Published by Javier Guerrero, February 2011

Even though the protagonist of this new chapter in the Malware for Beginners series is no malware specimen, it does share a couple of features with viruses, Trojans and other threats: You can easily find them in your email inbox and they can be really annoying. Yes, we are referring to those scary, apocalyptic email messages…

Yes, you know, those messages that friends and colleagues forward to you -with the best of intentions- to let you know about the latest virus, or a threat so deadly that can blow up your computer, kill your dog with some mysterious radiation and turn your granny into a blood-craving zombie… And for which there is no cure, of course.

Well, seriously now, this type of email is quite frequent. Even though these emails are not dangerous in themselves and are not aimed at defrauding anybody, they alarm people by taking advantage of their lack of knowledge and fear, as they don’t really know the reality and limitations of malware.

Not so long ago I myself received one of these messages, which you can see below loosely translated:

Let’s take a look at sentences like “This is a virus that burns your entire hard disk”. They could have used the term “delete” or “format”, but obviously “burn” is far more spectacular. Of course, no virus can damage a hard disk like that. And do not forget that recommendation, This is the reason why you must send this email to all your contacts. Is there any email user who doesn’t hate this sentence? 🙂

Anyway, the scariest bit comes in the second paragraph, where you are prompted to “Shut down your computer immediately” without even opening the message, or you are said there is no fix for this threat. Finally, they even mention CNN’s coverage of the story, and Microsoft, which classifies this virus as the most dangerous ever.

To sum up: One thing is to inform users about the dangers of malware, and another one is to raise confusion and scare people for no reason with the sole purpose of achieving notoriety.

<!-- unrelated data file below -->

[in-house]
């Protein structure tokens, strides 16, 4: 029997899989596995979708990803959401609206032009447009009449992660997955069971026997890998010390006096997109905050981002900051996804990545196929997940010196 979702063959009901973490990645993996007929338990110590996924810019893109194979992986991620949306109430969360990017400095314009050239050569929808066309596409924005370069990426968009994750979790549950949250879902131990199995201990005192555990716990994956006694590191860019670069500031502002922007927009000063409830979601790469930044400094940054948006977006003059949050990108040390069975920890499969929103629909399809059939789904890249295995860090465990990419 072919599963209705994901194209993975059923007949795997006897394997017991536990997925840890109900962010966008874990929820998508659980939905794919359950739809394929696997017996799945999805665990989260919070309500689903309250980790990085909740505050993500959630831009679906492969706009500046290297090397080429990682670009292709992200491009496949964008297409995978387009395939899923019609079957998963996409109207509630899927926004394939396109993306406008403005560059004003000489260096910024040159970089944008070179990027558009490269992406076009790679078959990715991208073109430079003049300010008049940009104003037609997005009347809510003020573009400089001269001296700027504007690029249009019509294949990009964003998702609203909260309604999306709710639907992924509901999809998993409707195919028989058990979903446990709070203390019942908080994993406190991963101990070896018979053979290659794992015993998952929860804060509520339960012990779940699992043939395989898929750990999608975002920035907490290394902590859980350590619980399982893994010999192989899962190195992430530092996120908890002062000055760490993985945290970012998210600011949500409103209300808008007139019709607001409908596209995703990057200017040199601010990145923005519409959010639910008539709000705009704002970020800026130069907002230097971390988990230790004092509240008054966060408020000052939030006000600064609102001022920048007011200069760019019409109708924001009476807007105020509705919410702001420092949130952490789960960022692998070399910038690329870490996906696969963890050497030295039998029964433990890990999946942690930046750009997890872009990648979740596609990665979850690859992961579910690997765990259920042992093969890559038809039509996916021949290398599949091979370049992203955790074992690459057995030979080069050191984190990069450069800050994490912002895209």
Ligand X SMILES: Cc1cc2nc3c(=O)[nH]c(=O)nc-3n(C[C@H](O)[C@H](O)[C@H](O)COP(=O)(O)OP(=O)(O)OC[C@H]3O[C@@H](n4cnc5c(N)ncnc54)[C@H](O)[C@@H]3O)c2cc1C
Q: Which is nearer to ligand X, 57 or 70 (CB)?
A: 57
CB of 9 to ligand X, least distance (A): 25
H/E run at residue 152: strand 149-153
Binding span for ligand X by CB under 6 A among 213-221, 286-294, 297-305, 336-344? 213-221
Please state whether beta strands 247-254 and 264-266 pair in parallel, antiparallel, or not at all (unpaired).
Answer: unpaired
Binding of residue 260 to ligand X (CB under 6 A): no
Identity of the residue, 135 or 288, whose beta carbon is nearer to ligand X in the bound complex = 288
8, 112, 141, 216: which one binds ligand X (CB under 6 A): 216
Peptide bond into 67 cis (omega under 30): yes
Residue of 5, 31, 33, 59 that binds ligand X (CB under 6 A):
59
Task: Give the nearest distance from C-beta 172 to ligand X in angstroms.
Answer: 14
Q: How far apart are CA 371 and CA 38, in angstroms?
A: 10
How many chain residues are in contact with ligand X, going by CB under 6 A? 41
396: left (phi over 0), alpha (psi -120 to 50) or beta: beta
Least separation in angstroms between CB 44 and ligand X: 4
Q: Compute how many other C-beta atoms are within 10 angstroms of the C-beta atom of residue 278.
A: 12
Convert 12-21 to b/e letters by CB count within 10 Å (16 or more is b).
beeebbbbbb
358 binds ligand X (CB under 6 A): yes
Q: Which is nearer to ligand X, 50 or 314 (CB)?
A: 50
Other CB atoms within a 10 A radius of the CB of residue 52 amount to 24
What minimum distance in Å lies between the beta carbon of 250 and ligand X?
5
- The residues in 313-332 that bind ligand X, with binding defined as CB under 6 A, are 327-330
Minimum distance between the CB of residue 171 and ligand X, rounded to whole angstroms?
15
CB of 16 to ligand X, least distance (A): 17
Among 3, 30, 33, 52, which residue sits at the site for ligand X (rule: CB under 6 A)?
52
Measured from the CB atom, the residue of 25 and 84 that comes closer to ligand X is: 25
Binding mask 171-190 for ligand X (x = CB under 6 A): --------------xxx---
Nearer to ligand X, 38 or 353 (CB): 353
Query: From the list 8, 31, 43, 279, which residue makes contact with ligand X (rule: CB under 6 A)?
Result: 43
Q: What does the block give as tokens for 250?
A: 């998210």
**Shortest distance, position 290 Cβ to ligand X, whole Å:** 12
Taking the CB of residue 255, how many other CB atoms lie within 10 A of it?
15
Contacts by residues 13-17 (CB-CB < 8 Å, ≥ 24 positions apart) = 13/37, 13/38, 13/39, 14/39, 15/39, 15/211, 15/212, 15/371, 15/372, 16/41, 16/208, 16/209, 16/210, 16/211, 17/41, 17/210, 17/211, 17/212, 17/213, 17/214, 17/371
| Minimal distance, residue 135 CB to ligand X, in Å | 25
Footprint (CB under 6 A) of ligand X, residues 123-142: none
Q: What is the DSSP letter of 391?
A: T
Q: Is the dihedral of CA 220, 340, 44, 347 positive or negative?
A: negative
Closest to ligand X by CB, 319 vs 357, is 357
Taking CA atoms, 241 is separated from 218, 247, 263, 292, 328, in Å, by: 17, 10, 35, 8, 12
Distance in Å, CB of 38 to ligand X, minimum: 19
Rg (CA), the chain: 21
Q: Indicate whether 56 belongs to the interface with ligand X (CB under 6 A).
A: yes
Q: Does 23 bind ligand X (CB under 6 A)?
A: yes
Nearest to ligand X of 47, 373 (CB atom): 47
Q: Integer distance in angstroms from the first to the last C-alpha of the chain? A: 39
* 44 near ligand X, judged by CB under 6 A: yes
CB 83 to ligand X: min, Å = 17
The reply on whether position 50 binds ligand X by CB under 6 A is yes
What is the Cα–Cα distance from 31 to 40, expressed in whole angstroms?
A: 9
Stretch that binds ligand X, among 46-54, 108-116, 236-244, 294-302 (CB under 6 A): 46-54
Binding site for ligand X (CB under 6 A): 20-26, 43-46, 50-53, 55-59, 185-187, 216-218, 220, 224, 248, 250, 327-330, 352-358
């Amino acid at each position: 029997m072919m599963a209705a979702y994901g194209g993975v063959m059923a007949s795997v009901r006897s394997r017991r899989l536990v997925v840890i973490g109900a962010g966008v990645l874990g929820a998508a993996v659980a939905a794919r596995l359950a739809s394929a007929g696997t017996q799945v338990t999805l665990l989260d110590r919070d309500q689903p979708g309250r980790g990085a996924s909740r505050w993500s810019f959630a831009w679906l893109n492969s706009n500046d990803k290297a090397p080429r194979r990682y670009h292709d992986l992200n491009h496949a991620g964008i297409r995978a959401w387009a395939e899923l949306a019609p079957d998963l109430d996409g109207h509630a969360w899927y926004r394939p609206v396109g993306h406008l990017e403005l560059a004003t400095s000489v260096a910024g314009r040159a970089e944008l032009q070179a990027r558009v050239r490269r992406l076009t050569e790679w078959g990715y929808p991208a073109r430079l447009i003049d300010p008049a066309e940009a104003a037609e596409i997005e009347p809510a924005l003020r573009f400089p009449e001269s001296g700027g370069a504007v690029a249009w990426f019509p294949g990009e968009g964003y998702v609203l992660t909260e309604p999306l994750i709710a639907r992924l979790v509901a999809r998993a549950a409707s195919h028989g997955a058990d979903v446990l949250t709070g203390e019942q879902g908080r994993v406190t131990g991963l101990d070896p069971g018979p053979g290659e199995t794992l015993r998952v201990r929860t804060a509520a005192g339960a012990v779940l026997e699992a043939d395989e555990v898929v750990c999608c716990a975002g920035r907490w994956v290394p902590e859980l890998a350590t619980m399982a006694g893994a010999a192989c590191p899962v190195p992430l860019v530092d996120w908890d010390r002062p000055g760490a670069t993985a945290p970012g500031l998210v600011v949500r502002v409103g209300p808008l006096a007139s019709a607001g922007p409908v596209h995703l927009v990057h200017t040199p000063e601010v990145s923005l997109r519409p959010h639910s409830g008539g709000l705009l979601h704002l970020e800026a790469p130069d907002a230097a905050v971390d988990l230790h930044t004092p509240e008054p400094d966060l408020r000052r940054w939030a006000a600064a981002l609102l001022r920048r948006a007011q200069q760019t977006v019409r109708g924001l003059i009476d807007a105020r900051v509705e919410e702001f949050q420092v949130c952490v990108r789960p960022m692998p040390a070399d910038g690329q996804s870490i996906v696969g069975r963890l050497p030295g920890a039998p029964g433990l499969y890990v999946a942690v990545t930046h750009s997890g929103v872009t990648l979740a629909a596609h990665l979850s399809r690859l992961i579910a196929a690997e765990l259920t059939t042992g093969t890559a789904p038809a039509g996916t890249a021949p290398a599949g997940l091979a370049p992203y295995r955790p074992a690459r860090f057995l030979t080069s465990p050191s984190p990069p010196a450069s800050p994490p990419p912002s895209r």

Finally, keep an antivirus installed and update it frequently. This is your barrier against spam and phishing.If you are not sure about something during the installation or update processes, don’t leave it for later. Look for the appropriate solution in the support forums available to you for any queries you might have.

Javier Guerrero Díaz
. R+D – Development Dept.
Panda Security

==============================================================================
Javier Guerrero works in Panda Security as a technical specialist and analyst/programmer. Since joining the company in 1998 he has taken part in numerous projects, almost always involved with kernel layer technology: the first Panda Platinum, Panda Security and Panda Security for Networks, firewall and TruPrevent technologies, file permanent protection modules, Shield and the Cloud AV interception layer, etc. He currently works in the Interception Unit and is responsible for various Cloud AV components.

Articles

Malware for beginners: Viruses

In Malware for beginners,Uncategorized on December 22, 2010 by tecnologyantivirus Tagged: , ,

Published by Javier Guerrero, December 2010

The protagonist of this new chapter in the “Malware for Beginners” series is very significant as, even though this type of malware was not the first one to appear, it was the reason for the ‘boom’ of the viral phenomenon and became the epitome of what is today known as malware.

In fact, we still use today the term “virus” to refer to any type of malware in general, when reality shows that, except for the occasional surge, the number of viruses in circulation is much lower than that of Trojans, for example.

But, what is a virus?